Ruth Bader Ginsburg was an associate justice of the U.S. Supreme Court, the second woman and the first Jewish woman appointed to the court in U.S. history.
- Died: Friday, September 18, 2020. (Who else died on September 18?)
- Details of death: Died at home in Washington, D.C., of complications from metastatic pancreatic cancer at the age of 87. A private interment service will be held at Arlington National Cemetery.
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Supreme Court tenure
Nominated to the Supreme Court by President Bill Clinton in 1993, Ginsburg was noted for her liberal dissents and her longevity on the court. Among Ginsberg’s notable rulings were United States v. Virginia (1996), in which Ginsburg wrote the majority opinion stating that the Virginia Military Institute’s all-male admissions policy was unconstitutional; Bush v. Gore (2000), in which she dissented from the court’s decision to end the presidential election recount; and Obergefell v. Hodges (2015), in which she made decisive arguments that led to the court’s granting of marriage rights to same-sex couples.
Fighting for women’s rights
One of the primary aims of Ginsburg’s career was advancing women’s rights. One of only nine women in a law school class of about 500, Ginsburg had to fight for respect and status as a young woman lawyer. She went on to co-found the first U.S. law journal to focus on women’s rights, as well as co-founding the Women’s Rights Project at the American Civil Liberties Union. Prior to her appointment as judge, she argued several cases that advanced women’s rights, including Reed v. Reed (1971), which extended the Fourteenth Amendment’s Equal Protection Clause to apply to women as well as men.
U.S. Court of Appeals
Before her appointment to the Supreme Court, Ginsburg served as a federal judge on the U.S. Court of Appeals, to which she was nominated by President Jimmy Carter in 1980. While serving there, she gained a reputation as a moderate judge, which held true through the time of her confirmation to the Supreme Court 13 years later. It was only in later years that she became known as a staunch member of the court’s liberal wing.
Ginsburg fought cancer several times after her appointment to the Supreme Court. The first was in 1999, when she underwent surgery for colon cancer, followed by chemotherapy and radiation, without missing a single day on the bench. This was followed by pancreatic cancer in 2009 and lung cancer in 2018. Ginsburg briefly missed oral arguments in in 2019 for the first time while recovering from her left-lung lobectomy, though she remained determined not to step down from the bench while she still had the mental faculties to serve. In July 2020, Ginsburg announced she was undergoing chemotherapy for a recurrence of cancer.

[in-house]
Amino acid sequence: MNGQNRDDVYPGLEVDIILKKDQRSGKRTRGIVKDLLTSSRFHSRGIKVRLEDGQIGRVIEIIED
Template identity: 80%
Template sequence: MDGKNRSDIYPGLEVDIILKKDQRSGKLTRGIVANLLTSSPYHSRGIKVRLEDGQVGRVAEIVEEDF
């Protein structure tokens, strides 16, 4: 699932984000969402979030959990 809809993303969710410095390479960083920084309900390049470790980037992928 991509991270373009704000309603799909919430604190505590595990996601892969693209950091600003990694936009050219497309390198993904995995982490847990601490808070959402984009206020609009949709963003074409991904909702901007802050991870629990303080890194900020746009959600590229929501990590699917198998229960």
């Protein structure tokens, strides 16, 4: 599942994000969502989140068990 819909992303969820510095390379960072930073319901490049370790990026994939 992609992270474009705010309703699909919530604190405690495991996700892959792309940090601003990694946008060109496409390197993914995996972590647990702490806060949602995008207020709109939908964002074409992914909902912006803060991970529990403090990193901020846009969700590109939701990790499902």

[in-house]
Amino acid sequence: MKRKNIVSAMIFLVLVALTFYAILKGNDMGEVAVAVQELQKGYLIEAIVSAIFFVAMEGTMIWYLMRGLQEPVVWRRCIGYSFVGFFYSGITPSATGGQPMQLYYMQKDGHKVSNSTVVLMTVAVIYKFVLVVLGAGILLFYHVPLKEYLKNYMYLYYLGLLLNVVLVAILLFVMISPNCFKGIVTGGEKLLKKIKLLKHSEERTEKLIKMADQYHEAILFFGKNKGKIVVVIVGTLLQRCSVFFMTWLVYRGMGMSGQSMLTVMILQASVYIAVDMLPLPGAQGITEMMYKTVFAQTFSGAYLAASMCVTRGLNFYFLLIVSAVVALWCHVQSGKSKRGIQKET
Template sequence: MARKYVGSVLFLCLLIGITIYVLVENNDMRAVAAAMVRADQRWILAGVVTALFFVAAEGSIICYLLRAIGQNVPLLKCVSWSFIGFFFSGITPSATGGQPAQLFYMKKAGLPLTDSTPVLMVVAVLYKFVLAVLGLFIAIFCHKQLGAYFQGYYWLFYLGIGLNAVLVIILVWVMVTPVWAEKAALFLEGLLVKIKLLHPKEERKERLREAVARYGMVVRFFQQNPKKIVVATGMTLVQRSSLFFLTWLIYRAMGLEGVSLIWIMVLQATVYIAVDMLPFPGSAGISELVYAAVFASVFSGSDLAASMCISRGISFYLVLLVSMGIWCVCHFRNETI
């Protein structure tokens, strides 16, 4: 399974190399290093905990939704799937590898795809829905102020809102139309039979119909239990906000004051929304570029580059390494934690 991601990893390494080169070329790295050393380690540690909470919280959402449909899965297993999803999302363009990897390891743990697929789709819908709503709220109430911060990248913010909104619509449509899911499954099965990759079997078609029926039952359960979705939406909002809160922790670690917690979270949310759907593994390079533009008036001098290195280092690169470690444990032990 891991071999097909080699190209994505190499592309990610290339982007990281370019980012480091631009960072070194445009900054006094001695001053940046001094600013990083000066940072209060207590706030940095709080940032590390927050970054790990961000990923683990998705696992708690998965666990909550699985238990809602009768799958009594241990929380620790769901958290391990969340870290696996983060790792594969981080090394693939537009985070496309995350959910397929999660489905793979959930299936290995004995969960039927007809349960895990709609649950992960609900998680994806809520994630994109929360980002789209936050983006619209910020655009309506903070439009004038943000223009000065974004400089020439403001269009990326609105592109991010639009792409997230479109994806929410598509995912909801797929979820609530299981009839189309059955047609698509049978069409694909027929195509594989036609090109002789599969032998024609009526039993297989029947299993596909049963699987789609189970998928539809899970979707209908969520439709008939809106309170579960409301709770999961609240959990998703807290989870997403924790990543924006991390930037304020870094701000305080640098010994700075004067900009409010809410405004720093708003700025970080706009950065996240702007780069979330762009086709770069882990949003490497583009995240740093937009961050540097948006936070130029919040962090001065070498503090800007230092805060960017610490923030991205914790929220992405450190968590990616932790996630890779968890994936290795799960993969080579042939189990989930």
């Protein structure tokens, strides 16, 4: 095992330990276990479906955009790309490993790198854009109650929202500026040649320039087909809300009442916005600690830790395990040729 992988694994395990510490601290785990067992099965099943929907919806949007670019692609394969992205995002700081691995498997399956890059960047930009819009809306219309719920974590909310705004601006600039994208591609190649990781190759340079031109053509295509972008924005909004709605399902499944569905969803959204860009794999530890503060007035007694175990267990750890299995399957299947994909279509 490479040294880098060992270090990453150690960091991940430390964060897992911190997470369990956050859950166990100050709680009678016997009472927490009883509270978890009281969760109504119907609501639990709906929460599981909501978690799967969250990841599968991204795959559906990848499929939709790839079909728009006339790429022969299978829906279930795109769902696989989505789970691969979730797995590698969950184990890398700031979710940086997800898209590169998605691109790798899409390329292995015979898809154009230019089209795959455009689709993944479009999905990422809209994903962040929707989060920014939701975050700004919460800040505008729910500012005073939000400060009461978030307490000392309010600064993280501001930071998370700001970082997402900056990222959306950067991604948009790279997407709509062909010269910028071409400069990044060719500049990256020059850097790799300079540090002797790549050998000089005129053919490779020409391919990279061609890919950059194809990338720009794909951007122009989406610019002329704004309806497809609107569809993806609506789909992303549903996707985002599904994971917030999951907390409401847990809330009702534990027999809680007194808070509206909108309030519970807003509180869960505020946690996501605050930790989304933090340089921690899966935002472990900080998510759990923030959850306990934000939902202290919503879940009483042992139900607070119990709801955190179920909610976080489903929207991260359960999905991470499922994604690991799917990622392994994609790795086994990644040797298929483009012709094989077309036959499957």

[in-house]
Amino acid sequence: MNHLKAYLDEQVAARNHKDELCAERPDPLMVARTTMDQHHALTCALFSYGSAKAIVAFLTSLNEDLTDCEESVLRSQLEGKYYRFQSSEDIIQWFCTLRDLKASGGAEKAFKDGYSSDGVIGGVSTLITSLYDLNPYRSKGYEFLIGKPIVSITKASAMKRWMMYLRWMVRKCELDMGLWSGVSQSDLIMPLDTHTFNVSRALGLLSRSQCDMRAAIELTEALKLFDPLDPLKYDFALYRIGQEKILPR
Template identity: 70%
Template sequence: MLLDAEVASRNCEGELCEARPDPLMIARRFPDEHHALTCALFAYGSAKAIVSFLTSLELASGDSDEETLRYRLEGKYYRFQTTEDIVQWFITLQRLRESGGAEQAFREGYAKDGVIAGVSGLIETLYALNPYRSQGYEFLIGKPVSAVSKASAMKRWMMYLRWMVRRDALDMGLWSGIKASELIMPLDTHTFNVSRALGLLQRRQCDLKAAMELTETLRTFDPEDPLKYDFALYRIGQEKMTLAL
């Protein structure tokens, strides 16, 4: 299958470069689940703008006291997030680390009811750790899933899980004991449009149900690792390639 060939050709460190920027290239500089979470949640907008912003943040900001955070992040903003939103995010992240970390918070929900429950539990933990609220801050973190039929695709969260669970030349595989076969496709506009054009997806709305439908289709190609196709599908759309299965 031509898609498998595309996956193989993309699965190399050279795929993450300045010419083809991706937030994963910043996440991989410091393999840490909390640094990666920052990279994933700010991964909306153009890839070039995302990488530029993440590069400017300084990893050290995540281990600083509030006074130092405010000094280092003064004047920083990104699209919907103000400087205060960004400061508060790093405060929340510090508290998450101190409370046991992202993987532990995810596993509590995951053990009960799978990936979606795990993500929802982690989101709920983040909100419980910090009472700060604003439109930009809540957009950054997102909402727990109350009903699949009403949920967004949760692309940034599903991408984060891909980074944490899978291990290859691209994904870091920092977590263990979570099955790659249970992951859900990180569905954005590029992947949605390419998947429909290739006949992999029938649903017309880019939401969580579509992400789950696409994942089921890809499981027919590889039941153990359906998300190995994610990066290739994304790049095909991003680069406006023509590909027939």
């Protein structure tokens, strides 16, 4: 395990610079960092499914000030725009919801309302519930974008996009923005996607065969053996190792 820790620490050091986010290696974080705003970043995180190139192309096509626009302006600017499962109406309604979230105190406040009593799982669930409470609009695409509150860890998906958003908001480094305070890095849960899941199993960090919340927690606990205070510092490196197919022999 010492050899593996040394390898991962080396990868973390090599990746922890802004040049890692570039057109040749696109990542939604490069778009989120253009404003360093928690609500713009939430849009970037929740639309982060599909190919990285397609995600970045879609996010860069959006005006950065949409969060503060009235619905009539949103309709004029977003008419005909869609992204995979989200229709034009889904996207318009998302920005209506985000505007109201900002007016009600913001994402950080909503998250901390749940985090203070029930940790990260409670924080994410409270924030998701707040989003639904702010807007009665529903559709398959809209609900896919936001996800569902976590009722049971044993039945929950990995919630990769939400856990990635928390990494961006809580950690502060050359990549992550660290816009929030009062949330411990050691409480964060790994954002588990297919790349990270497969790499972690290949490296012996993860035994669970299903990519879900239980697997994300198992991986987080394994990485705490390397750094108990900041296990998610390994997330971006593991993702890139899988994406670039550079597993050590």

The Notorious R.B.G.
Ginsburg became a towering figure of the political left in later years, elevated to pop culture stardom and referred to as “The Notorious R.B.G.,” a moniker lifted from rapper The Notorious B.I.G. She was beloved for her fiery devotion to human rights, the subject of documentary “RBG” and feature film “On the Basis of Sex.” Devotees also loved Ginsburg for her signature style of a wide variety of decorative collars worn with her judicial robes. She collected collars from around the world and had a favorite to wear when issuing a majority opinion and another for a dissent, which made her views crystal clear before she ever uttered a word.
Ginsburg on gender equality
“[W]hen I’m sometimes asked when there will be enough [women on the Supreme Court] and I say ‘When there are nine,’ people are shocked. But there’d been nine men, and nobody’s ever raised a question about that.” —from a speech at the 10th Circuit Bench & Bar Conference in 2012
Ginsburg will lie in repose at the Supreme Court on Wednesday and Thursday, September 23 and 24, with public visitation available from 11 a.m. to 10 p.m. on Wednesday and 9 a.m. to 10 p.m. on Thursday. On Friday, September 25, Ginsburg will lie in state in the National Statuary Hall in the U.S. Capitol. She will be the first woman and the first Jewish person to receive this honor. Interment will be private at Arlington National Cemetery. In Ginsburg’s honor, the Supreme Court has draped black wool crepe on her seat, the bench in front of it, and the Courtroom doors, in a tradition dating back to 1873.
Tributes to Justice Ginsburg
“Our Nation has lost a jurist of historic stature. We at the Supreme Court have lost a cherished colleague. Today we mourn, but with confidence that future generations will remember Ruth Bader Ginsburg as we knew her — a tireless and resolute champion of justice.” —Supreme Court Chief Justice John G. Roberts, in a statement
Full obituary: Washington Post